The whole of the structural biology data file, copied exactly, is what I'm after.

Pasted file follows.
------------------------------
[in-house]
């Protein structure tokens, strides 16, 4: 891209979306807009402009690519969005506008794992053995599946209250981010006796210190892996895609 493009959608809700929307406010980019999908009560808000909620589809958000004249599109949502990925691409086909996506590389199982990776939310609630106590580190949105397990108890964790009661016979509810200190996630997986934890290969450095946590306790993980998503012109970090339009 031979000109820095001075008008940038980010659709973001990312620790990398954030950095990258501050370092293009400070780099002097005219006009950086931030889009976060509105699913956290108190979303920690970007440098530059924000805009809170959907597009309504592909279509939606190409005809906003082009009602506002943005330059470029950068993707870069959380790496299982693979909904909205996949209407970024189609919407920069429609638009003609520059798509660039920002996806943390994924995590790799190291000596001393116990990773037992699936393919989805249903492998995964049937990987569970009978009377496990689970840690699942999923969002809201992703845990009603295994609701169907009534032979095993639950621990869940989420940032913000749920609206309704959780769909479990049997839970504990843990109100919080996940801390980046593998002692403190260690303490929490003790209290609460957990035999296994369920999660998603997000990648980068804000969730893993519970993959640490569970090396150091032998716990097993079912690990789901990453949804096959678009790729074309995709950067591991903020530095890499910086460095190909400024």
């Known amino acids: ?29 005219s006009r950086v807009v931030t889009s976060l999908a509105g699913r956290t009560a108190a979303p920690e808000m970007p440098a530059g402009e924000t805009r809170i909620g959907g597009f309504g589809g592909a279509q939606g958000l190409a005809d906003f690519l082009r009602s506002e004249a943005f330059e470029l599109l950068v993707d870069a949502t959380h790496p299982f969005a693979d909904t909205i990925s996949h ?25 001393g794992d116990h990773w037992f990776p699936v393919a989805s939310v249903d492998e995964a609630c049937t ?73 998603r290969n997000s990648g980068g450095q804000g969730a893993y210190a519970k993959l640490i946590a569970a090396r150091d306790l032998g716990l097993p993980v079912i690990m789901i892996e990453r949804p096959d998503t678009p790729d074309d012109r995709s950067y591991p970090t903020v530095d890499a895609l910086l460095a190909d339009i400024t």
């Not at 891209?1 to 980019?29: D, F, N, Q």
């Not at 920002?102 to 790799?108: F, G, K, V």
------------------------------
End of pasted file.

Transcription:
[in-house]
């Protein structure tokens, strides 16, 4: 891209979306807009402009690519969005506008794992053995599946209250981010006796210190892996895609 493009959608809700929307406010980019999908009560808000909620589809958000004249599109949502990925691409086909996506590389199982990776939310609630106590580190949105397990108890964790009661016979509810200190996630997986934890290969450095946590306790993980998503012109970090339009 031979000109820095001075008008940038980010659709973001990312620790990398954030950095990258501050370092293009400070780099002097005219006009950086931030889009976060509105699913956290108190979303920690970007440098530059924000805009809170959907597009309504592909279509939606190409005809906003082009009602506002943005330059470029950068993707870069959380790496299982693979909904909205996949209407970024189609919407920069429609638009003609520059798509660039920002996806943390994924995590790799190291000596001393116990990773037992699936393919989805249903492998995964049937990987569970009978009377496990689970840690699942999923969002809201992703845990009603295994609701169907009534032979095993639950621990869940989420940032913000749920609206309704959780769909479990049997839970504990843990109100919080996940801390980046593998002692403190260690303490929490003790209290609460957990035999296994369920999660998603997000990648980068804000969730893993519970993959640490569970090396150091032998716990097993079912690990789901990453949804096959678009790729074309995709950067591991903020530095890499910086460095190909400024």
């Known amino acids: ?29 005219s006009r950086v807009v931030t889009s976060l999908a509105g699913r956290t009560a108190a979303p920690e808000m970007p440098a530059g402009e924000t805009r809170i909620g959907g597009f309504g589809g592909a279509q939606g958000l190409a005809d906003f690519l082009r009602s506002e004249a943005f330059e470029l599109l950068v993707d870069a949502t959380h790496p299982f969005a693979d909904t909205i990925s996949h ?25 001393g794992d116990h990773w037992f990776p699936v393919a989805s939310v249903d492998e995964a609630c049937t ?73 998603r290969n997000s990648g980068g450095q804000g969730a893993y210190a519970k993959l640490i946590a569970a090396r150091d306790l032998g716990l097993p993980v079912i690990m789901i892996e990453r949804p096959d998503t678009p790729d074309d012109r995709s950067y591991p970090t903020v530095d890499a895609l910086l460095a190909d339009i400024t």
């Not at 891209?1 to 980019?29: D, F, N, Q």
């Not at 920002?102 to 790799?108: F, G, K, V």